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Zakk Wylde: Book of Shadows II

Album Notes

27 years after the release of Book of Shadows, hard rock guitar slinger Zakk Wylde's debut solo album, he delivers a sequel. The earlier record, now regarded as a classic for its harrowing honesty and expressions of personal darkness, was an anomaly, given its Southern-flavored acoustic roots M.O. (with requisite flourishes of killer electric guitar work).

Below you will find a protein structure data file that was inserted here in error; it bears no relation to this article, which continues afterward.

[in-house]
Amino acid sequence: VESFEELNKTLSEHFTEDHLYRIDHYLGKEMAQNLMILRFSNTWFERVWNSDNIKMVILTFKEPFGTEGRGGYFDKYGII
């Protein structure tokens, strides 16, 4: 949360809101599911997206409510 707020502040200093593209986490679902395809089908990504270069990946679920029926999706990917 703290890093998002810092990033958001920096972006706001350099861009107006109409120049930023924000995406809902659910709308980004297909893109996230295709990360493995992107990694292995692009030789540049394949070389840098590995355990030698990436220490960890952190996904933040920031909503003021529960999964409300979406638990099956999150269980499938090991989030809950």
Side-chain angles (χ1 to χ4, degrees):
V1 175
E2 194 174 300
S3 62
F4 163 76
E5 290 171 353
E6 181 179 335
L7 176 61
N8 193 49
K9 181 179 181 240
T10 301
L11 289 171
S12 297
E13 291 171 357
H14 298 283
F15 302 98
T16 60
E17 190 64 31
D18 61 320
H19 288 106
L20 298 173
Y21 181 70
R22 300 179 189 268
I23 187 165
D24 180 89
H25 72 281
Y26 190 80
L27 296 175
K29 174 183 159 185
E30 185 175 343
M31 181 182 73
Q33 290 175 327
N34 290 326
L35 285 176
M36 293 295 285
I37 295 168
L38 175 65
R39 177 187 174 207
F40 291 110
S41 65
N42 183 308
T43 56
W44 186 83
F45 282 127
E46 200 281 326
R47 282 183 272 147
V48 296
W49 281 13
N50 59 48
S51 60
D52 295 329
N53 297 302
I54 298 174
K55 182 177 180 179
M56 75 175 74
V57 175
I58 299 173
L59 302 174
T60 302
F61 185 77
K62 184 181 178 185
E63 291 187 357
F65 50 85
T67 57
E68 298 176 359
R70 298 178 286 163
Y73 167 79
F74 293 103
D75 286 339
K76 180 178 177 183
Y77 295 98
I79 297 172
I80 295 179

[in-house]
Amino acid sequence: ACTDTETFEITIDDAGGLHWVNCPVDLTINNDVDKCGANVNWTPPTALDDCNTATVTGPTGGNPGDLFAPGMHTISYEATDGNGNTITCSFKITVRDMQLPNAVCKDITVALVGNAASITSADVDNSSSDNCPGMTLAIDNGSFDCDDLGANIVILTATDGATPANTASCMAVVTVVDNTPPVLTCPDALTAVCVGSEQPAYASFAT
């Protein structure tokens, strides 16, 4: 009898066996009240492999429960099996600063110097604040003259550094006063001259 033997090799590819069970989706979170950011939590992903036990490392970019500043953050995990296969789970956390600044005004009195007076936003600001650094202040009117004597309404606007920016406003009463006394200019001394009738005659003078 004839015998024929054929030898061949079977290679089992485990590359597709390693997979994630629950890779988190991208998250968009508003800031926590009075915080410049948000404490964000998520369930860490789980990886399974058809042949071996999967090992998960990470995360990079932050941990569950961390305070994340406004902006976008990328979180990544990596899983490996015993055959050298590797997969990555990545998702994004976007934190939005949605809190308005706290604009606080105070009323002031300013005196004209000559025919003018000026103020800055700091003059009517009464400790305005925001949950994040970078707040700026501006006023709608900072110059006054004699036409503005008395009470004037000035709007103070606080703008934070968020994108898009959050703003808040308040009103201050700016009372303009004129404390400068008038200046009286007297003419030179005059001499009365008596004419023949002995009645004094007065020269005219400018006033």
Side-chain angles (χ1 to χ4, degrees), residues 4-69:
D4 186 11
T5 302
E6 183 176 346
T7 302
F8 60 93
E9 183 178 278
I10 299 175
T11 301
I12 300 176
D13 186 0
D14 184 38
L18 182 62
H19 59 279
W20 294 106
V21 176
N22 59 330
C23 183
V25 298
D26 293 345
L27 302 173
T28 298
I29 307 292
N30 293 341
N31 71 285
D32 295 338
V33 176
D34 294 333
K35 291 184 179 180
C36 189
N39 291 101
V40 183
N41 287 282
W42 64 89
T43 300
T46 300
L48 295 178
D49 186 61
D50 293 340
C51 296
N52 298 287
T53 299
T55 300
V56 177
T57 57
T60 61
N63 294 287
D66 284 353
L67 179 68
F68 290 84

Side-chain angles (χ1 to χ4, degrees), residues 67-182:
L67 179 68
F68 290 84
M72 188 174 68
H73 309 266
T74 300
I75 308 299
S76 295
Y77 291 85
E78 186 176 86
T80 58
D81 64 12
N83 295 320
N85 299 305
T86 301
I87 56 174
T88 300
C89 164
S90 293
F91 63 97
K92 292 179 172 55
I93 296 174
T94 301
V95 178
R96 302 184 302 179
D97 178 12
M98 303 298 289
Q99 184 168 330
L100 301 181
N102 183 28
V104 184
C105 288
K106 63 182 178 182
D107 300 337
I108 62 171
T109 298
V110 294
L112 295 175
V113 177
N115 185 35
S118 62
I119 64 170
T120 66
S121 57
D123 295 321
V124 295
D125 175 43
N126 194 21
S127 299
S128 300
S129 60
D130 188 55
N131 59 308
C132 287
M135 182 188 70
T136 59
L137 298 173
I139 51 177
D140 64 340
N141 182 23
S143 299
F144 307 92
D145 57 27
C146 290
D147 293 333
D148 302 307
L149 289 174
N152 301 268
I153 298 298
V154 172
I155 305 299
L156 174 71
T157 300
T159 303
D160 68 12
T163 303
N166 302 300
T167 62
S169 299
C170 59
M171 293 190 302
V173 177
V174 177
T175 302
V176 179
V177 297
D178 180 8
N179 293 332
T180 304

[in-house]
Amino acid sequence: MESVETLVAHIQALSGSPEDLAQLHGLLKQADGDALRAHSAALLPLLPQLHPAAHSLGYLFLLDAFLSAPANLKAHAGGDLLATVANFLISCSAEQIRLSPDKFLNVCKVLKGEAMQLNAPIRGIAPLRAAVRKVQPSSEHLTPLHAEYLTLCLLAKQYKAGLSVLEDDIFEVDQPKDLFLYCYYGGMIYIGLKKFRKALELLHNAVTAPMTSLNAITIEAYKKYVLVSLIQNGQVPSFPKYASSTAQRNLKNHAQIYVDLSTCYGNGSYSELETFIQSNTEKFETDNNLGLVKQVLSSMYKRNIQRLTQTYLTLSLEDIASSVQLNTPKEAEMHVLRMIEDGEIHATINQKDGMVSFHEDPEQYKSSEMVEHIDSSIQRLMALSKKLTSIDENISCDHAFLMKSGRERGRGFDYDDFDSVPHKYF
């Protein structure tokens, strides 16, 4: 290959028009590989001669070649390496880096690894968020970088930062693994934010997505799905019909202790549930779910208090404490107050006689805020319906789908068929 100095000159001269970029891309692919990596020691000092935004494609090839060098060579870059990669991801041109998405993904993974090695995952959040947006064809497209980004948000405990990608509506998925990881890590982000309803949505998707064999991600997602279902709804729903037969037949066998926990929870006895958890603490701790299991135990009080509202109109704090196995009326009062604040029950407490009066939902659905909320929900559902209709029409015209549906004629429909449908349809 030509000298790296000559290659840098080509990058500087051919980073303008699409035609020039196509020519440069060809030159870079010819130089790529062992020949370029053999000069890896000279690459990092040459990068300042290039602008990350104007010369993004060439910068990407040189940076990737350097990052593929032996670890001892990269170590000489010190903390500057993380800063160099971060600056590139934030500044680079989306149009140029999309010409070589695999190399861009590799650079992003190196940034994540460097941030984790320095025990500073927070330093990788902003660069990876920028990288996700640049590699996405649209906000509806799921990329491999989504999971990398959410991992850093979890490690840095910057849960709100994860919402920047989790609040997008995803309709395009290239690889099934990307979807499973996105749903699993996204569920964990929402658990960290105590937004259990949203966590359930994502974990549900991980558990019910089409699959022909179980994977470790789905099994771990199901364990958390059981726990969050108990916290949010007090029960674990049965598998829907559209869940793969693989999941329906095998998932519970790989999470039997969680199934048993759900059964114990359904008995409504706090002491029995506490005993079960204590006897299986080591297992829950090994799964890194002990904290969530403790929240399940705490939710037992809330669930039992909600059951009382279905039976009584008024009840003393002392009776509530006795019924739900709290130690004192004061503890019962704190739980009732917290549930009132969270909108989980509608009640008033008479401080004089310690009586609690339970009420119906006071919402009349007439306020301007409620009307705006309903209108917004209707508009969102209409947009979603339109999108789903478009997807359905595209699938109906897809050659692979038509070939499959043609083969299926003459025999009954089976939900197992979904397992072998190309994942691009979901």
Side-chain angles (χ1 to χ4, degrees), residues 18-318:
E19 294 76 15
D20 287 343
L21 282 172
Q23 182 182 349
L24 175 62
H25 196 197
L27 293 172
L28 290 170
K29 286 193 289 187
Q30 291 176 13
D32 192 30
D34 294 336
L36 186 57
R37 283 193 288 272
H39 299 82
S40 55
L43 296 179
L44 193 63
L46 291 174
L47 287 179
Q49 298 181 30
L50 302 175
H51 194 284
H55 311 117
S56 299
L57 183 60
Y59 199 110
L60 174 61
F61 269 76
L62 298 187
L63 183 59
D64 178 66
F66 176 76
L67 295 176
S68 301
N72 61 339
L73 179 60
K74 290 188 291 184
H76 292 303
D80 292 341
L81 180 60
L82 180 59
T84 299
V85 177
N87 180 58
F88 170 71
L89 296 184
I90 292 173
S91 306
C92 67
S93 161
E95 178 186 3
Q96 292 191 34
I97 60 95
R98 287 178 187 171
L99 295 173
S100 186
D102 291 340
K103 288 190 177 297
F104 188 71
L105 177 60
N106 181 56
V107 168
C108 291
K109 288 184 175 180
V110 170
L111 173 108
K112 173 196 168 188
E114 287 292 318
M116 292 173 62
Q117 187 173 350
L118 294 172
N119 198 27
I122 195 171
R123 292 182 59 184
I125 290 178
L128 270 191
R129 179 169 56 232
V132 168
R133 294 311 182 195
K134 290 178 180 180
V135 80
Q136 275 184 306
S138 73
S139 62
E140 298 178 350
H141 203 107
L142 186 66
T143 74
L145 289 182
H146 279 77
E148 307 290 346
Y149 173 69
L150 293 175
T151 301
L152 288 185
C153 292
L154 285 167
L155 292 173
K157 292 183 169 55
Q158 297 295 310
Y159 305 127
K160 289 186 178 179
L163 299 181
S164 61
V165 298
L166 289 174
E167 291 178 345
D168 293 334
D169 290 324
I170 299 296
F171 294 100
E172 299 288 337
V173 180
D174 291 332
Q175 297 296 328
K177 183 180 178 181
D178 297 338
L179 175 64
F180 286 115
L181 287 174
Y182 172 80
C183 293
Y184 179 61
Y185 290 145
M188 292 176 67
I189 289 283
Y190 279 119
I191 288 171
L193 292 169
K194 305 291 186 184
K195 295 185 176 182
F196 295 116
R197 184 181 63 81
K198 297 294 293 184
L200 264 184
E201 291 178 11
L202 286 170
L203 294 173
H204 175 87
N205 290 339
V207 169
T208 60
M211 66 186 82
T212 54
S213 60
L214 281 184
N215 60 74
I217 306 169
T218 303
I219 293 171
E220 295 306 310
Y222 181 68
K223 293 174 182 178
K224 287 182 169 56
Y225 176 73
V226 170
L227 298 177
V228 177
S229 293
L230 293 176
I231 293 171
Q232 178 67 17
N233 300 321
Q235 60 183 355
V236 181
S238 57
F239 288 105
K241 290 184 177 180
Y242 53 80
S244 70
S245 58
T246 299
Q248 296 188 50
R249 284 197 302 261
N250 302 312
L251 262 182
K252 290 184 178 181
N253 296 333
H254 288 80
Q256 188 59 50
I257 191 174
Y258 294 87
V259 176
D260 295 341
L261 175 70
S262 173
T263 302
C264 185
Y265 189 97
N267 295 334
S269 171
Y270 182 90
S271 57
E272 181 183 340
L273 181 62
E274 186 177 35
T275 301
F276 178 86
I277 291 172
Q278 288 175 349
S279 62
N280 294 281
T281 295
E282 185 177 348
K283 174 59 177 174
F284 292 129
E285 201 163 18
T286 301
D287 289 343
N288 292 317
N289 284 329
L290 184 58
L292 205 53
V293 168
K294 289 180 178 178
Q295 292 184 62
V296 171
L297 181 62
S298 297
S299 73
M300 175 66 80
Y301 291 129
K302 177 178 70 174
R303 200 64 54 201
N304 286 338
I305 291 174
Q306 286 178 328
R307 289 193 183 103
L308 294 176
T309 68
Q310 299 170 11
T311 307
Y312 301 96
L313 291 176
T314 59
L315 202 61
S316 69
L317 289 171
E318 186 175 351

In the works for years, Book of Shadows II was finally put to tape at the artist's studio after the Black Label Society tour in 2014. What's immediately striking is just how much of an actual sequel it is, albeit a far more musically developed one. (Wylde has learned a lot about songwriting in the intervening decades.) Like its predecessor, this date relies heavily on strummed acoustic guitars, Hammond B-3s, simple basslines, shuffling drum parts, and open melodies derived from country-rock and Americana. The mood is relatively somber, but the 15 songs offer enough variation in texture to compel the listener to go deeper. What sets these tunes apart are Wylde's lyrics. No longer wrestling the same demons (he's sober), he offers a more poetically developed commentary on life, its challenges, and its blessings. "Autumn Changes," with its gently swelling B-3, speaks directly and angrily to a ghost in order to settle accounts. The layered vocal harmonies and synth strings float in breezy contrast to a biting, crystalline guitar solo. On "Tears of December," Wylde's vocal delivery simultaneously channels Gregg Allman and Rick Danko. "Lay Me Down" is a killer rock love song with a guitar break that recalls .38 Special's Don Barnes. "Darkest Hours" is a spiritual addressed to the confused man in the mirror, discussing doubt and faith unflinchingly. The guitar break burns with a bluesy passion. "The Levee" is arguably the finest song here. A lament in waltz time, Wylde's use of subtle metaphor in the lyric is extended by the sad lullaby in its melody. Where "Eyes of Burden" walks the line between Neil Young and Anders Osborne, "Sorrowed Regrets" is a midtempo, ringing Southern rocker with lyric poetry worthy of Stephen Stills. There are two versions of "Sleeping Dogs," a minor-key cooker that recalls the dynamic of Young's "Cowgirl in the Sand," and a closing take features Corey Taylor from Slipknot in a guest vocal appearance. Book of Shadows II is not only equal to its predecessor, but due Wylde's growth as a lyricist and singer, it is superior. Should he ever wish to retire the stadium rock guitar heroics, Wylde could easily establish a career as a fine singer/songwriter. ~ Thom Jurek


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